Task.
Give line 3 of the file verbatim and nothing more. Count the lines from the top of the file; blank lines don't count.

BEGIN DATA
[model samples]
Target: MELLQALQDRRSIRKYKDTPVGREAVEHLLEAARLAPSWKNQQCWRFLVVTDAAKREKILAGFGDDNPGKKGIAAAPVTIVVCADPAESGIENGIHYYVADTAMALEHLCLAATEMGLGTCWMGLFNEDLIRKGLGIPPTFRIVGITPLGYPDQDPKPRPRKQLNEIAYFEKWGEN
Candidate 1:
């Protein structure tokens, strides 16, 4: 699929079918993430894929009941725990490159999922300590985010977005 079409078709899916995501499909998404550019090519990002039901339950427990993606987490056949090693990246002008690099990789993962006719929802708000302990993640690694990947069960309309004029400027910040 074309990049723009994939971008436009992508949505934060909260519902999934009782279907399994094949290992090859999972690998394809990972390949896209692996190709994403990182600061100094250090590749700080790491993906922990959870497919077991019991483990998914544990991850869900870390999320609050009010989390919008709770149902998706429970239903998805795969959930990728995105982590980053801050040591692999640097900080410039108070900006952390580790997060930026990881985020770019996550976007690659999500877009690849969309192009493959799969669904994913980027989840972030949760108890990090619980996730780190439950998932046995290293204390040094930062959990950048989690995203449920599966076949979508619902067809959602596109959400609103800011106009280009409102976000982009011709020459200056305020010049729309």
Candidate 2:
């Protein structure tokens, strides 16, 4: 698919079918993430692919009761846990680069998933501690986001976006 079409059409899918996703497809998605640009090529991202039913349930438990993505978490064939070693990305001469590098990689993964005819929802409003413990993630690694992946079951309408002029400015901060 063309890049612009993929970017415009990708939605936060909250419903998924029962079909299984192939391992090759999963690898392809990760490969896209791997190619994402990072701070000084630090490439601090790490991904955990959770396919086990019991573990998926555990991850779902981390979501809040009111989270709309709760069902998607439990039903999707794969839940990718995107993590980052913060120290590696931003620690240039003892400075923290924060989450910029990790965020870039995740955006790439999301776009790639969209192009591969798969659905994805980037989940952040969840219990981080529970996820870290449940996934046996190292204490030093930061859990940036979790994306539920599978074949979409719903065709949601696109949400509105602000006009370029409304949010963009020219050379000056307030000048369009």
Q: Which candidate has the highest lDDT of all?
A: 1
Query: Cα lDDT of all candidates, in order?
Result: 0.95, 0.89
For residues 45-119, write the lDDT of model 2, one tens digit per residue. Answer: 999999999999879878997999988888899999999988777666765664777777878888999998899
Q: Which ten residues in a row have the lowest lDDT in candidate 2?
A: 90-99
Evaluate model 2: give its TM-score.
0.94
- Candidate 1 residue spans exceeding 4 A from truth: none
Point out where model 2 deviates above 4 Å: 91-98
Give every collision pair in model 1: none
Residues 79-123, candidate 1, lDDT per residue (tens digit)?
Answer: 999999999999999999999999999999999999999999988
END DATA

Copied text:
Candidate 1: